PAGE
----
Stop Bashing Your Job job is important

Stop Bashing Your Job: Your Job is Important

Do you know that having a job is important? Financial freedom…..the idea of retiring early, setting your own hours, and FIRING YOUR BOSS.  It’s a beautiful vision that inspires entrepreneurs and investors alike to stay on their uncertain path towards success.  It’s a great goal to have……once you’ve earned it that is.

Stop Bashing Your Job job is importantFor some reason, a lot of entrepreneurs think that the moment that they started any sort of venture, they’re suddenly in some higher class of society that can spout about how everyone still working a 9 -5 job is a dismal testament to one’s failure in life…….even though they are probably making more money than the entrepreneurs is.

There’s a difference between pursuing that goal, and deluding yourself into think you’re already there just because you made your first $20.00 in your venture.  And it’s even worse when you do it to portray the image that you’re living the laptop lifestyle.  Most people who do this are living “their mom’s basement lifestyle.”


Hard Work Deserves Respect…….

Most successful investors either held a job that funded the acquisition of their assets.  Most successful entrepreneurs started a business on the side, and kept their job to help them whether the learning curve.  Your job can be extremely vital when it comes to getting off the ground.  So you might want to consider being grateful that you have one.

And in spite of all the financial freedom messages out there preaching that everyone can be their own boss, it’s just not true.  Some people are cut out for it.  That’s why having a job is important. Others aren’t.  And who the heck would want to work for the business owner who walks around thinking their better than everyone else anyway.


Be Grateful For A Good Job……

If you enjoy your job, and it pays you what you need to build your investments or your business, why would you be in any sort of rush to leave?  There are high paid executives, technicians, specialists, etc. that make hundreds of thousands of dollars a year.  Meanwhile most entrepreneurs are in the red zone.  Who do you think is going to get ahead faster?

Whether you work in your own business, or you’re an employee, you tend not to get very far unless you can work as a team.  You don’t have to be the chief all the time.  Sometimes it makes sense to make somebody the face of the business that you actually call the shots in.

Also, there are numerous opportunities to be entrepreneurial within your job.  Being outgoing, ambitious, and establishing solid relationships with your employer’s management can often open up opportunities to create or expand new facets of the company. Facets that you can be your brain-child, and that you can lead the way in.  It’s called being an INTRAPRENEUR, and it’s another way to climb your way to the top.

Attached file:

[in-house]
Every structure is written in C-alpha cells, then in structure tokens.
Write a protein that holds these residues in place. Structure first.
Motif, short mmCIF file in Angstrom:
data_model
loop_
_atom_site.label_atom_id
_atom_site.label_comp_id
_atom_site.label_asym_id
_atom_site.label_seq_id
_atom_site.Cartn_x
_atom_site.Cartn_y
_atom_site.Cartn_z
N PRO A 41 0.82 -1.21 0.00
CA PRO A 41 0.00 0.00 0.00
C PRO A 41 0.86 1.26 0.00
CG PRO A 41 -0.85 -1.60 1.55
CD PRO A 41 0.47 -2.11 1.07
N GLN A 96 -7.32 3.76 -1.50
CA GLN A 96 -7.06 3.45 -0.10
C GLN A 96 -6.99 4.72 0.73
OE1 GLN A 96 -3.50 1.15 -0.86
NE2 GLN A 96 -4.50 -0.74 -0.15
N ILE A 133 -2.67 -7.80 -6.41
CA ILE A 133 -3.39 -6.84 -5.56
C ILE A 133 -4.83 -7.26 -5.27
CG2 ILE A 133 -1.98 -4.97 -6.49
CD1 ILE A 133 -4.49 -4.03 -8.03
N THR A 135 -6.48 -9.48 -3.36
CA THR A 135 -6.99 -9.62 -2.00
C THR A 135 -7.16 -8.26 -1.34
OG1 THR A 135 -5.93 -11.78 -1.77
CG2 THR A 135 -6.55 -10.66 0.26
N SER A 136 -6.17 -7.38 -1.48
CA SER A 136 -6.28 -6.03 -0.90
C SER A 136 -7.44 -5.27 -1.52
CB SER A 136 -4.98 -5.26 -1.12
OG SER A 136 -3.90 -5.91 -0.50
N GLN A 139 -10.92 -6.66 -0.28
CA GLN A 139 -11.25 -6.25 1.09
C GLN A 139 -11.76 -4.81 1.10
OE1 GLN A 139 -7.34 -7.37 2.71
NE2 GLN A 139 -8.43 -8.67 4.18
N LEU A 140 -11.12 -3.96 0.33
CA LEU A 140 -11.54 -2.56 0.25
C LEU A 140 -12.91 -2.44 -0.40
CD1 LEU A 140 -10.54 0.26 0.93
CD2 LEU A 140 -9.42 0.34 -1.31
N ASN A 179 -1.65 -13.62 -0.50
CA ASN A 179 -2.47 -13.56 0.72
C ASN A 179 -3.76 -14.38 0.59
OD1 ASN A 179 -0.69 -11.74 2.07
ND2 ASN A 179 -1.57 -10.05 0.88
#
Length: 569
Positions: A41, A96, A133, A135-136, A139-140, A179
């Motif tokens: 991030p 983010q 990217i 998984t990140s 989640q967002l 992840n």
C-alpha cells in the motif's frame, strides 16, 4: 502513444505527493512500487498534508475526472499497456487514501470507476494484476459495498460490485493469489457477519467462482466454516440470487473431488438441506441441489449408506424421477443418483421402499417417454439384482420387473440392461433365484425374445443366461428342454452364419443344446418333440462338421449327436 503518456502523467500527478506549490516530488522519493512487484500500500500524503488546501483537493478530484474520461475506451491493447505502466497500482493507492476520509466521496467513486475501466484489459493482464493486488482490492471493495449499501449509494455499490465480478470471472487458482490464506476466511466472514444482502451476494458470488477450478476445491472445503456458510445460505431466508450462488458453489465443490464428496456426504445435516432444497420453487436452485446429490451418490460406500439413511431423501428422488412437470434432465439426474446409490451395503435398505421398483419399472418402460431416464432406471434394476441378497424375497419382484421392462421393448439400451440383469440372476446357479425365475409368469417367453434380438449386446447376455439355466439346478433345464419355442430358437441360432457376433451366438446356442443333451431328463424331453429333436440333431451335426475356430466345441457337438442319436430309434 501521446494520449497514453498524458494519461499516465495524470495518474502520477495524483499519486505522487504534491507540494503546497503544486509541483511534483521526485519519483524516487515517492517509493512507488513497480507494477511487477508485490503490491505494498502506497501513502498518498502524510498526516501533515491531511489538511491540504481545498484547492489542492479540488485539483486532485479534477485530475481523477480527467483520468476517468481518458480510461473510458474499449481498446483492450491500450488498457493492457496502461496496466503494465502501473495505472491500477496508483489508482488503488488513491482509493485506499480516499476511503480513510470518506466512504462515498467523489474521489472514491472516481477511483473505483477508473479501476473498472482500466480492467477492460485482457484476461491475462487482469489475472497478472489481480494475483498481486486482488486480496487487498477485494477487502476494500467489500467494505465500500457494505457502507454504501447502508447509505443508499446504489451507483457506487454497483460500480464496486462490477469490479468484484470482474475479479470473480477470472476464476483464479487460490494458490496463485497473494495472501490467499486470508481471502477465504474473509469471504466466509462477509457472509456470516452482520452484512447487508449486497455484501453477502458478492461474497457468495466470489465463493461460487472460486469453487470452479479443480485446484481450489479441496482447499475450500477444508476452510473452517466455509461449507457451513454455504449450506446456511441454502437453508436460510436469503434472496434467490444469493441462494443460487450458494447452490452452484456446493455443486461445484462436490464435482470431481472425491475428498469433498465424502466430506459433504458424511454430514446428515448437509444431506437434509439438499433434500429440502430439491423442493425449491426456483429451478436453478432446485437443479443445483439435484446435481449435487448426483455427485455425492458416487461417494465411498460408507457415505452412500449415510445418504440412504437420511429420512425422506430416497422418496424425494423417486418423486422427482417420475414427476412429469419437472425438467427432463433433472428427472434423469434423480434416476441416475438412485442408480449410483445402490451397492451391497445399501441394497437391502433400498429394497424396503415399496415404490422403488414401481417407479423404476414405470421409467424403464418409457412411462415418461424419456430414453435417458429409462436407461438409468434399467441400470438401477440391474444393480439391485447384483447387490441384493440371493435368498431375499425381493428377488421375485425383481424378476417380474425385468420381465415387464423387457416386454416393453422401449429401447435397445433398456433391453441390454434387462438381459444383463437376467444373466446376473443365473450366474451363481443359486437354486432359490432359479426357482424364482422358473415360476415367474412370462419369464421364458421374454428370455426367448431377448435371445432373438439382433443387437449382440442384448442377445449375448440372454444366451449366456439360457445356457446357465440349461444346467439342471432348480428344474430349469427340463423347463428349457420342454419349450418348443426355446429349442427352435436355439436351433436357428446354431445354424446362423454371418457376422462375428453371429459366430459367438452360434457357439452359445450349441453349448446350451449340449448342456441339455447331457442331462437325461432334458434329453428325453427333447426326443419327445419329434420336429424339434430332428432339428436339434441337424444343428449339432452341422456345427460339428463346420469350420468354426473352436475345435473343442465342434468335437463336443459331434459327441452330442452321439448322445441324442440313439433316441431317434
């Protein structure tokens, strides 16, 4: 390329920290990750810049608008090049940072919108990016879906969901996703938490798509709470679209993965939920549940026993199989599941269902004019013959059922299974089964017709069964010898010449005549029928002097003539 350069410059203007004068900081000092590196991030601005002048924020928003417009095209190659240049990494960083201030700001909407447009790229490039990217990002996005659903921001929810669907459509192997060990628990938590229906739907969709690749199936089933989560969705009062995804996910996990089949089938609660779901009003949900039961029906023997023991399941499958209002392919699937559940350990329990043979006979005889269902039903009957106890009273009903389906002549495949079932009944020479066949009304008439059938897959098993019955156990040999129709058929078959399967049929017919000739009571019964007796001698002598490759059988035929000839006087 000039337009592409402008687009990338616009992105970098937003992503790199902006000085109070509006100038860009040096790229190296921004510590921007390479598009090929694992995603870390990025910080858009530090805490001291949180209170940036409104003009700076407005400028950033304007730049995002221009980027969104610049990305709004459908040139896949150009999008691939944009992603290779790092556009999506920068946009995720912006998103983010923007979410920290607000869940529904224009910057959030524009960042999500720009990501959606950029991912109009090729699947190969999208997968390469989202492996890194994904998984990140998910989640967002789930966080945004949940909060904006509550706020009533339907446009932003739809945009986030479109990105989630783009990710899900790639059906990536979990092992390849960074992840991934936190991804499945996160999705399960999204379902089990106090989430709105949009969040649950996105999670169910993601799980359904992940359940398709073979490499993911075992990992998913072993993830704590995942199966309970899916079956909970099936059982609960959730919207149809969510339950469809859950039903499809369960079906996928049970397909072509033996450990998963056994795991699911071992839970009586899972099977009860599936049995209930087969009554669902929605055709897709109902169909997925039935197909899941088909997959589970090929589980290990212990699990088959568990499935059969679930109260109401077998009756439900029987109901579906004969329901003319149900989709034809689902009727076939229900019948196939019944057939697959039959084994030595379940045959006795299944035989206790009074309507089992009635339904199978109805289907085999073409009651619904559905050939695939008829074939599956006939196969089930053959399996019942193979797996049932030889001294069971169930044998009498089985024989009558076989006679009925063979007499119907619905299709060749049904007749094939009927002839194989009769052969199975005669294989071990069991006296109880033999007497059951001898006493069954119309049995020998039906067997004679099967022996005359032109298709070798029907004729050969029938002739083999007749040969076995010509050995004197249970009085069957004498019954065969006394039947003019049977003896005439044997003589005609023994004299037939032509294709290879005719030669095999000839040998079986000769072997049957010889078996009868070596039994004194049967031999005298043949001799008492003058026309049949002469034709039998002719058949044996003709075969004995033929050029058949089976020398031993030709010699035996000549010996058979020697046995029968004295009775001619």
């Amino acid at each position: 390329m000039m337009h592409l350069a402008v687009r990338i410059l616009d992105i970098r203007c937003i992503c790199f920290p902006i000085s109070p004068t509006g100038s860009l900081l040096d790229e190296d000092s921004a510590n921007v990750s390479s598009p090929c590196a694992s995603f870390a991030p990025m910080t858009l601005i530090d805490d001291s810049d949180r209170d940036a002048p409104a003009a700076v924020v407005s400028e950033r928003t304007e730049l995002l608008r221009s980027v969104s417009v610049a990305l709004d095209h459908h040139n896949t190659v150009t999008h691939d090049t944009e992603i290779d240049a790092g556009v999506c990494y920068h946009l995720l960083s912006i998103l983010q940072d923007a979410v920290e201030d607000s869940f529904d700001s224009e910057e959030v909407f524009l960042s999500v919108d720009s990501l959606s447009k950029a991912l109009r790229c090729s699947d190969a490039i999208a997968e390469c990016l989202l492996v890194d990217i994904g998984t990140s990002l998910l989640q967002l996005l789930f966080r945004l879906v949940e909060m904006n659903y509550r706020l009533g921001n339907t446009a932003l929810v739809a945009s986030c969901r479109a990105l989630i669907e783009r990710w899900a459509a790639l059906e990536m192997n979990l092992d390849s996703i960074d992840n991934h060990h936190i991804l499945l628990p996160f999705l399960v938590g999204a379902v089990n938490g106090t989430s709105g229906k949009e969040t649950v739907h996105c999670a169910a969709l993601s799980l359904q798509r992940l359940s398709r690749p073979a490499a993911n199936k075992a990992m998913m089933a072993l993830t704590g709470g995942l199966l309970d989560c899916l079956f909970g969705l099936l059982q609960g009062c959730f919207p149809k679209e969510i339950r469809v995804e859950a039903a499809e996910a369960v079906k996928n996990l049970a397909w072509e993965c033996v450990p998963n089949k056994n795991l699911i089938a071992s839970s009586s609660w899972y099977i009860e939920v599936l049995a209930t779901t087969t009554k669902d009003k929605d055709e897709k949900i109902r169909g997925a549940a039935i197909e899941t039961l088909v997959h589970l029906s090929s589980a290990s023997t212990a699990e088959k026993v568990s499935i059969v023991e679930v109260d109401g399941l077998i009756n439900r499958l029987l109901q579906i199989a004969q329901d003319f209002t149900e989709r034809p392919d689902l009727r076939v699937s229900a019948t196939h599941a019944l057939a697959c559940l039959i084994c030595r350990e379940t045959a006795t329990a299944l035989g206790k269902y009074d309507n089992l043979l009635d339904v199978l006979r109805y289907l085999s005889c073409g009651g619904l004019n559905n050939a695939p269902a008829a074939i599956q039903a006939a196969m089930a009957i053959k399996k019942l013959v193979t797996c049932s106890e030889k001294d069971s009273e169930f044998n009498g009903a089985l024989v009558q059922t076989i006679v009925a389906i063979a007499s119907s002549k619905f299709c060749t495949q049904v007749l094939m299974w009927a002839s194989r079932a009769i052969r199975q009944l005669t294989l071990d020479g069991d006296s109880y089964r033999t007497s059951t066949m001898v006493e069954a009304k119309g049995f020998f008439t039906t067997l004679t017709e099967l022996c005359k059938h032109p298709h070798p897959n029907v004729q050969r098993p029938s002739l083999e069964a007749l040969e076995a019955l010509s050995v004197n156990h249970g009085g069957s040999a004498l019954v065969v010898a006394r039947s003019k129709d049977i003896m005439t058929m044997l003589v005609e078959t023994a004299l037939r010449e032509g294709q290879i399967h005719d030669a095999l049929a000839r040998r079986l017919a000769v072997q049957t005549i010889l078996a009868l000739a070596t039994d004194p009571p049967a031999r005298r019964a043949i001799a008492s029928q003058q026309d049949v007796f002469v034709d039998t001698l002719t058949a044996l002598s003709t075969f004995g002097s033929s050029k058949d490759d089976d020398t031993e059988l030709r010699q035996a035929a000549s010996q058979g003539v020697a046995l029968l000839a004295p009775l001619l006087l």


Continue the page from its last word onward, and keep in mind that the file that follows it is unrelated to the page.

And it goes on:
Be True To Yourself….

If you enjoy your job, and it’s fueling your progress at an acceptable pace, then give it all you’ve got.   If you hate your job, rather than jumping off a cliff without a parachute, perhaps consider finding a new job that fits you better until your ventures can replace your income.  There are no rules for how soon you have to quit your job when going into business. Still, having a job is important.

And on the flip side, remember that the number one reason people go out of business is because they’re UNDER CAPITALIZED.  They run out of money before they ever break gravity.  And then you’re stuck trying to find any job you can just to recoup your losses.  So if you do plan on taking the leap, make sure you have at least a year of operating and living costs as a cushion. Having a job is important. It’s what will allow you to survive until you can thrive.


Regardless of whether you plan to work, or you plan to go into business for yourself, start building assets that will supplement your income over the long term. If you need any help, feel free to take a look at some of our signature strategies.

About The Author


I am a college drop out who found my passion as an investor. I love the many facets of finance, investing, and business. But even more than that, I love sharing what I learn with others.

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